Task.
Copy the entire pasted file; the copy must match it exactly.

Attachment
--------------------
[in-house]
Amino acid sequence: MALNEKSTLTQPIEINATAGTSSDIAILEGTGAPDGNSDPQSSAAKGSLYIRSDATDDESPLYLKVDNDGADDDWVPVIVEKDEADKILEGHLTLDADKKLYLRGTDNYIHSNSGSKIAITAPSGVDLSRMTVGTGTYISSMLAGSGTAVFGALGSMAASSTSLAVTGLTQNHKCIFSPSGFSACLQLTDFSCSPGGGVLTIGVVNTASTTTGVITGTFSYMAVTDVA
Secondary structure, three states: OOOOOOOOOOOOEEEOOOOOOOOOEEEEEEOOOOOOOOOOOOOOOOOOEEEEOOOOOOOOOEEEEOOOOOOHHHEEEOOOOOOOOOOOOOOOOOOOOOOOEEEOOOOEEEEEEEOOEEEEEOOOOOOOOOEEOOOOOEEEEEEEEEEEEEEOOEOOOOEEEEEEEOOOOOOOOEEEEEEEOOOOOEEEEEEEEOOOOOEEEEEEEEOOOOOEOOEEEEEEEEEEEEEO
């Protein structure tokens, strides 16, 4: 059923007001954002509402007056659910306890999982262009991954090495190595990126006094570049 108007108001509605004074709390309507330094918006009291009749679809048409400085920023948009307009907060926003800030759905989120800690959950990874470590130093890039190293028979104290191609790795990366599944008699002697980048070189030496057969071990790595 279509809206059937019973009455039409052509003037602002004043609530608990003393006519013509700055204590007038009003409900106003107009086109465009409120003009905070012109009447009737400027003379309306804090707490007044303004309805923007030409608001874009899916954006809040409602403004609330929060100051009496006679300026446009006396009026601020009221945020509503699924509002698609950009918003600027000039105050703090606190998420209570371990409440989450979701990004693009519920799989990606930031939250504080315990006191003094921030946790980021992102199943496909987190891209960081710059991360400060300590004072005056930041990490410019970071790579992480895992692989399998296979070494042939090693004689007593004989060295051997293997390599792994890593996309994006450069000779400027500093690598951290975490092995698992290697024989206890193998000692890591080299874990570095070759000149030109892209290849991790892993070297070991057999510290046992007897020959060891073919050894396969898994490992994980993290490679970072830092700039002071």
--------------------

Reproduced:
[in-house]
Amino acid sequence: MALNEKSTLTQPIEINATAGTSSDIAILEGTGAPDGNSDPQSSAAKGSLYIRSDATDDESPLYLKVDNDGADDDWVPVIVEKDEADKILEGHLTLDADKKLYLRGTDNYIHSNSGSKIAITAPSGVDLSRMTVGTGTYISSMLAGSGTAVFGALGSMAASSTSLAVTGLTQNHKCIFSPSGFSACLQLTDFSCSPGGGVLTIGVVNTASTTTGVITGTFSYMAVTDVA
Secondary structure, three states: OOOOOOOOOOOOEEEOOOOOOOOOEEEEEEOOOOOOOOOOOOOOOOOOEEEEOOOOOOOOOEEEEOOOOOOHHHEEEOOOOOOOOOOOOOOOOOOOOOOOEEEOOOOEEEEEEEOOEEEEEOOOOOOOOOEEOOOOOEEEEEEEEEEEEEEOOEOOOOEEEEEEEOOOOOOOOEEEEEEEOOOOOEEEEEEEEOOOOOEEEEEEEEOOOOOEOOEEEEEEEEEEEEEO
């Protein structure tokens, strides 16, 4: 059923007001954002509402007056659910306890999982262009991954090495190595990126006094570049 108007108001509605004074709390309507330094918006009291009749679809048409400085920023948009307009907060926003800030759905989120800690959950990874470590130093890039190293028979104290191609790795990366599944008699002697980048070189030496057969071990790595 279509809206059937019973009455039409052509003037602002004043609530608990003393006519013509700055204590007038009003409900106003107009086109465009409120003009905070012109009447009737400027003379309306804090707490007044303004309805923007030409608001874009899916954006809040409602403004609330929060100051009496006679300026446009006396009026601020009221945020509503699924509002698609950009918003600027000039105050703090606190998420209570371990409440989450979701990004693009519920799989990606930031939250504080315990006191003094921030946790980021992102199943496909987190891209960081710059991360400060300590004072005056930041990490410019970071790579992480895992692989399998296979070494042939090693004689007593004989060295051997293997390599792994890593996309994006450069000779400027500093690598951290975490092995698992290697024989206890193998000692890591080299874990570095070759000149030109892209290849991790892993070297070991057999510290046992007897020959060891073919050894396969898994490992994980993290490679970072830092700039002071």